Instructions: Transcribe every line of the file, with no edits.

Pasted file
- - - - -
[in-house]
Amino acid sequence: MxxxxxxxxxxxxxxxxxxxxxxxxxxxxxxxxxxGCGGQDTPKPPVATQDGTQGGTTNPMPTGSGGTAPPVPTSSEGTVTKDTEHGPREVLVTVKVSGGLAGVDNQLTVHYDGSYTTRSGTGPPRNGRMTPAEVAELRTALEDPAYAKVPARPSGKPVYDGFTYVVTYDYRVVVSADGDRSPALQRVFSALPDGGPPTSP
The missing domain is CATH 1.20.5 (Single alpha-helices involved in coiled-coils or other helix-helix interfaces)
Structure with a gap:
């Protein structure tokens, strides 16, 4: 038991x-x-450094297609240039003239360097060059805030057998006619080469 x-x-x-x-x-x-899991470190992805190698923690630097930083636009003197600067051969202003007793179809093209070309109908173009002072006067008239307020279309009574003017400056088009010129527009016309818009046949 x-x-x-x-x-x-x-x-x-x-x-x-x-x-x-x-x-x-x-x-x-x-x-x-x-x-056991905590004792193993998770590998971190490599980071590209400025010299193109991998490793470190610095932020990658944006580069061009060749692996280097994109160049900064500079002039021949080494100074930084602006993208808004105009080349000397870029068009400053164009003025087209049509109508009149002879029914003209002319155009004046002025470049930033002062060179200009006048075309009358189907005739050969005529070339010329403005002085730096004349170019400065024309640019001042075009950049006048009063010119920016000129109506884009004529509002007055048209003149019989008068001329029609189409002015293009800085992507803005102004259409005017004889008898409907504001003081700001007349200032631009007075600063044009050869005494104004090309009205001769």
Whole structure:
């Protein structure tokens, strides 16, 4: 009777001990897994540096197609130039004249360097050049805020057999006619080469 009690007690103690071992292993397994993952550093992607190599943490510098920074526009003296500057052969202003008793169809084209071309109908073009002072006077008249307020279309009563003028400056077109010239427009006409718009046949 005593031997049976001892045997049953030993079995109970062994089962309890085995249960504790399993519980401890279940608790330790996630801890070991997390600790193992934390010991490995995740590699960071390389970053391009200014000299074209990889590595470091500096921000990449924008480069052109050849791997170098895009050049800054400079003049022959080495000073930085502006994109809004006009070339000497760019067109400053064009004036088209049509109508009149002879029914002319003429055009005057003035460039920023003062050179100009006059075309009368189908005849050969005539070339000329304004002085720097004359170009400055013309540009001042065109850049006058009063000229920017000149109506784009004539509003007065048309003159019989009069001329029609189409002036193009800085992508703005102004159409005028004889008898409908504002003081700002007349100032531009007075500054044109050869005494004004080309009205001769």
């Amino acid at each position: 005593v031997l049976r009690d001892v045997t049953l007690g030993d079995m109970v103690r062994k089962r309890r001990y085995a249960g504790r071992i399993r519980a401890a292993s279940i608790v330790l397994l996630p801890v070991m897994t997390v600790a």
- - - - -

[in-house]
Amino acid sequence: MxxxxxxxxxxxxxxxxxxxxxxxxxxxxxxxxxxGCGGQDTPKPPVATQDGTQGGTTNPMPTGSGGTAPPVPTSSEGTVTKDTEHGPREVLVTVKVSGGLAGVDNQLTVHYDGSYTTRSGTGPPRNGRMTPAEVAELRTALEDPAYAKVPARPSGKPVYDGFTYVVTYDYRVVVSADGDRSPALQRVFSALPDGGPPTSP
The missing domain is CATH 1.20.5 (Single alpha-helices involved in coiled-coils or other helix-helix interfaces)
Structure with a gap:
């Protein structure tokens, strides 16, 4: 038991x-x-450094297609240039003239360097060059805030057998006619080469 x-x-x-x-x-x-899991470190992805190698923690630097930083636009003197600067051969202003007793179809093209070309109908173009002072006067008239307020279309009574003017400056088009010129527009016309818009046949 x-x-x-x-x-x-x-x-x-x-x-x-x-x-x-x-x-x-x-x-x-x-x-x-x-x-056991905590004792193993998770590998971190490599980071590209400025010299193109991998490793470190610095932020990658944006580069061009060749692996280097994109160049900064500079002039021949080494100074930084602006993208808004105009080349000397870029068009400053164009003025087209049509109508009149002879029914003209002319155009004046002025470049930033002062060179200009006048075309009358189907005739050969005529070339010329403005002085730096004349170019400065024309640019001042075009950049006048009063010119920016000129109506884009004529509002007055048209003149019989008068001329029609189409002015293009800085992507803005102004259409005017004889008898409907504001003081700001007349200032631009007075600063044009050869005494104004090309009205001769």
Whole structure:
């Protein structure tokens, strides 16, 4: 009777001990897994540096197609130039004249360097050049805020057999006619080469 009690007690103690071992292993397994993952550093992607190599943490510098920074526009003296500057052969202003008793169809084209071309109908073009002072006077008249307020279309009563003028400056077109010239427009006409718009046949 005593031997049976001892045997049953030993079995109970062994089962309890085995249960504790399993519980401890279940608790330790996630801890070991997390600790193992934390010991490995995740590699960071390389970053391009200014000299074209990889590595470091500096921000990449924008480069052109050849791997170098895009050049800054400079003049022959080495000073930085502006994109809004006009070339000497760019067109400053064009004036088209049509109508009149002879029914002319003429055009005057003035460039920023003062050179100009006059075309009368189908005849050969005539070339000329304004002085720097004359170009400055013309540009001042065109850049006058009063000229920017000149109506784009004539509003007065048309003159019989009069001329029609189409002036193009800085992508703005102004159409005028004889008898409908504002003081700002007349100032531009007075500054044109050869005494004004080309009205001769």
């Amino acid at each position: 005593v031997l049976r009690d001892v045997t049953l007690g030993d079995m109970v103690r062994k089962r309890r001990y085995a249960g504790r071992i399993r519980a401890a292993s279940i608790v330790l397994l996630p801890v070991m897994t997390v600790a």